List of spaceflight records

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The first space rendezvous was accomplished by Gemini 6A and Gemini 7 in 1965.

This is a list of spaceflight records. Most of these records relate to human spaceflights, but some unmanned and animal records are included.

First independent sub-orbital and orbital human spaceflight by country[edit]

CountryMission and launch vehicleCrewDateType
Soviet Union USSRVostok 1, Vostok-KYuri Gagarin12 April 1961Orbital
United States USAMercury-Redstone 3, Mercury-RedstoneAlan Shepard5 May 1961Sub-orbital
United States USAMercury-Atlas 6, Atlas LV-3BJohn Glenn20 February 1962Orbital
Russia Russia
(as successor of the USSR)
Soyuz TM-14, Soyuz-U2Klaus-Dietrich Flade
Aleksandr Kaleri
Aleksandr Viktorenko
17 March 1992Orbital
China ChinaShenzhou 5, Long March 2FYang Liwei15 October 2003Orbital

Most spaceflights[edit]

Note: While, Young has made 6 spaceflights, he was launched 7 times, if his moon ascent on Apollo 16 is counted.

* Dual citizen.

Duration of spaceflight[edit]

Most time in space[edit]

Ten longest human space flights[edit]

#Time in spaceCrewCountryLaunch date (Launch craft)Landing date (Landing craft)Space Station or mission type
1437.7 days[5]Valeri Polyakov[5] Russia1994-01-09 (Soyuz TM-18)1995-03-22 (Soyuz TM-20)Mir[5]
2379.6 daysSergei Avdeyev Russia1998-08-13 (Soyuz TM-28)1999-08-28 (Soyuz TM-29)Mir
3365.0 daysVladimir Titov
Musa Manarov
 Soviet Union1987-12-21 (Soyuz TM-4)1988-12-21 (Soyuz TM-6)Mir
4326.5 daysYuri Romanenko Soviet Union1987-02-5 (Soyuz TM-2)1987-12-29 (Soyuz TM-3)Mir
5311.8 daysSergei Krikalev Soviet Union/ Russia1991-05-18 (Soyuz TM-12)1992-03-25 (Soyuz TM-13)Mir
6240.9 daysValeri Polyakov Soviet Union1988-08-29 (Soyuz TM-6)1989-04-7 (Soyuz TM-7)Mir
7237.0 daysLeonid Kizim
Vladimir Solovyov
Oleg Atkov
 Soviet Union1984-02-08 (Soyuz T-10)1984-10-02 (Soyuz T-11)Salyut 7
8215.4 daysMikhail Tyurin
Michael López-Alegría
 United States
2006-09-18 (Soyuz TMA-9)2007-04-21 (Soyuz TMA-9)International Space Station
9211.4 daysAnatoli Berezovoy
Valentin Lebedev
 Soviet Union1982-05-13 (Soyuz T-5)1982-12-10 (Soyuz T-7)Salyut 7
10207.5 daysTalgat Musabayev
Nikolai Budarin
 Russia1998-01-29 (Soyuz TM-27)1998-08-25 (Soyuz TM-27)Mir

Longest single flight by woman[edit]

Longest continuous occupation of space[edit]

Longest solo flight[edit]

Longest time on lunar surface[edit]

Longest time in lunar orbit[edit]

Animal records[edit]

First animals in space[edit]

First animal in orbit[edit]

First animals beyond low–Earth orbit[edit]

Longest canine single flight[edit]

Speed and altitude[edit]

Farthest humans from Earth[edit]

Highest altitude for manned non-lunar mission[edit]


Age records[edit]

Earliest-born to reach space (suborbital flight)[edit]

Earliest-born to go into space (orbital flight)[edit]

Youngest (age during space flight)[edit]

Oldest (age during space flight)[edit]


Most spacewalks[edit]

Most spacewalks during a single mission[edit]

* Two were internal "spacewalks" inside a depressurized module.

Human spaceflight firsts[edit]

Person to reach space
Person in orbit
Gagarin in Sweden-2.jpg
Yuri GagarinVostok 1[11]Soviet Union USSR12 April 1961
Person to make suborbital flight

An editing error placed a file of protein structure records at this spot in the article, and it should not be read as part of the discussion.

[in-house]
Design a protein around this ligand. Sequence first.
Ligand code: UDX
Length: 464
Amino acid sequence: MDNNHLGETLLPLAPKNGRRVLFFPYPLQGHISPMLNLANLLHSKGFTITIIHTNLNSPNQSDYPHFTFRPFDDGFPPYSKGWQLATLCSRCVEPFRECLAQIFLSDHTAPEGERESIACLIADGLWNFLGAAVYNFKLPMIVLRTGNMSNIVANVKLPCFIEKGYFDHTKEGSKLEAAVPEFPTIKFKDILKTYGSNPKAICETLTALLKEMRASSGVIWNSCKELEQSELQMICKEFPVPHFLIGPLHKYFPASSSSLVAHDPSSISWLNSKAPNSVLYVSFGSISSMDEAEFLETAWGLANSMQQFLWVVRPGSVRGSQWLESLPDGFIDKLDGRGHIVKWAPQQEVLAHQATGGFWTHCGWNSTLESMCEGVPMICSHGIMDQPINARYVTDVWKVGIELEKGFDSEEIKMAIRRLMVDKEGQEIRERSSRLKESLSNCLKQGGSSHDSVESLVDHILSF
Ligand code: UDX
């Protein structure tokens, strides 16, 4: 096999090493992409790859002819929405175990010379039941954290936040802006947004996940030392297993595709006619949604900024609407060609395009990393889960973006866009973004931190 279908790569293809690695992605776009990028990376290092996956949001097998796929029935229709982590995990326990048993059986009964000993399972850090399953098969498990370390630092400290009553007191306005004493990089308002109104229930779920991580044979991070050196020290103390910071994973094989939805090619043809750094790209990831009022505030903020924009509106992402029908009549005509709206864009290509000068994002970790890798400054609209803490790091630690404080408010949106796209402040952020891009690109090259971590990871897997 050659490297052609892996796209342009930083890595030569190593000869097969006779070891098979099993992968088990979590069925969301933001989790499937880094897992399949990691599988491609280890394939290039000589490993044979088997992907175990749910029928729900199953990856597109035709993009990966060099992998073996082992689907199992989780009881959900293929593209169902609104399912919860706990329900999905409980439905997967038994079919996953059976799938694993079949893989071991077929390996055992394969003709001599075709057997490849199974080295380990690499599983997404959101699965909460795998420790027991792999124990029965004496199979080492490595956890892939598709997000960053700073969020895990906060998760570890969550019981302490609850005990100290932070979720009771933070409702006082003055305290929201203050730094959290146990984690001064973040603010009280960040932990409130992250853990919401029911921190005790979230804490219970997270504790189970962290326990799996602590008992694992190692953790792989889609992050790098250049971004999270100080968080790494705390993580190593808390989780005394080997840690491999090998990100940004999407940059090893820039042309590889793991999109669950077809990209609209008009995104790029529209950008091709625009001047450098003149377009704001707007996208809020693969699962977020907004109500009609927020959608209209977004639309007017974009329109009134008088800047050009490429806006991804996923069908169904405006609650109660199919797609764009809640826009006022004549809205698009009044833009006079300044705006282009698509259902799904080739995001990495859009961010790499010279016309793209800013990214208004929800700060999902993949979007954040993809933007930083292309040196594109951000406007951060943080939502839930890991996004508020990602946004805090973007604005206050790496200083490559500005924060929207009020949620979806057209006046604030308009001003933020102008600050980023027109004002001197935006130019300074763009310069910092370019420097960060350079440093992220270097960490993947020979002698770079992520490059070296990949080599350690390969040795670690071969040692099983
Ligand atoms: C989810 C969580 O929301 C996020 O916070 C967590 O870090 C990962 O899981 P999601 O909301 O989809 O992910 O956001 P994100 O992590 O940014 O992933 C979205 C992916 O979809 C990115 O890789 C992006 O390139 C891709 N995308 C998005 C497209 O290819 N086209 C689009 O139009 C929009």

Person to land (splashdown)
in a spacecraft after spaceflight
Person to pilot a craft in space
Alan ShepardFreedom 7United States USA5 May 1961
Person in space for over 24 hours
Multiple orbits spaceflight
Gherman TitovVostok 2Soviet Union USSR6 August 1961 –
7 August 1961
Person to land (splashdown)
in a spacecraft after orbital flight
John GlennFriendship 7United States USA20 February 1962
Group flight
Adjacent orbits
Spacecraft-to-spacecraft communications
Andrian Nikolayev
Pavel Popovich
Vostok 3
Vostok 4
Soviet Union USSR12 August 1962 –
15 August 1962
Woman in space
Civilian in space
Valentina TereshkovaVostok 6Soviet Union USSR16 June 1963 –
19 June 1963
Spaceflight (suborbital) by winged spacecraftJoe WalkerX-15 Flight 90United States USA19 July 1963
Person to enter space twice (suborbital flights above 100 km)Joe WalkerX-15 Flights
90 and 91
United States USA22 August 1963
Three-person spaceflight, single spacecraft
Persons to land in a spacecraft on hard ground
Manned flight without pressurized spacesuits
Vladimir Komarov
Konstantin Feoktistov
Boris Yegorov
Voskhod 1[11]Soviet Union USSR12 October 1964 –
13 October 1964
Berkut spacesuit at Air and Space - back removed.jpg
Alexey LeonovVoskhod 2[11]Soviet Union USSR18 March 1965
Orbital maneuvers (change orbit)Gus Grissom, John W. YoungGemini 3[11]United States USA23 March 1965
Person to fly two orbital spaceflightsGordon CooperFaith 7
Gemini 5
United States USA15 May 1963 –
16 May 1963;
21 August 1965 –
29 August 1965
Persons to spend one week in spaceGordon Cooper
Pete Conrad
Gemini 5United States USA21 August 1965 –
29 August 1965
Space rendezvous
(orbital maneuver and station-keeping)
Four people in space
Frank Borman, Jim Lovell
Walter Schirra, Thomas Stafford
Gemini 7
Gemini 6A[11]
United States USA15 December 1965 –
16 December 1965
Space docking
Gemini 8 docking.jpg
Neil Armstrong
David Scott
Gemini 8 and Agena[11]United States USA16 March 1966
Multiple rendezvousJohn W. Young
Michael Collins
Gemini 10 with Agena 10 and Agena 8United States USA19 July 1966;
20 July 1966
Spaceflight fatality (during landing)Vladimir KomarovSoyuz 1Soviet Union USSR23 April 1967 –
24 April 1967
Person to complete three spaceflightsWalter SchirraApollo 7
(previous flights Mercury-Atlas 8, Gemini 6A)
United States USA22 October 1968
Persons to leave Low Earth orbit (LEO)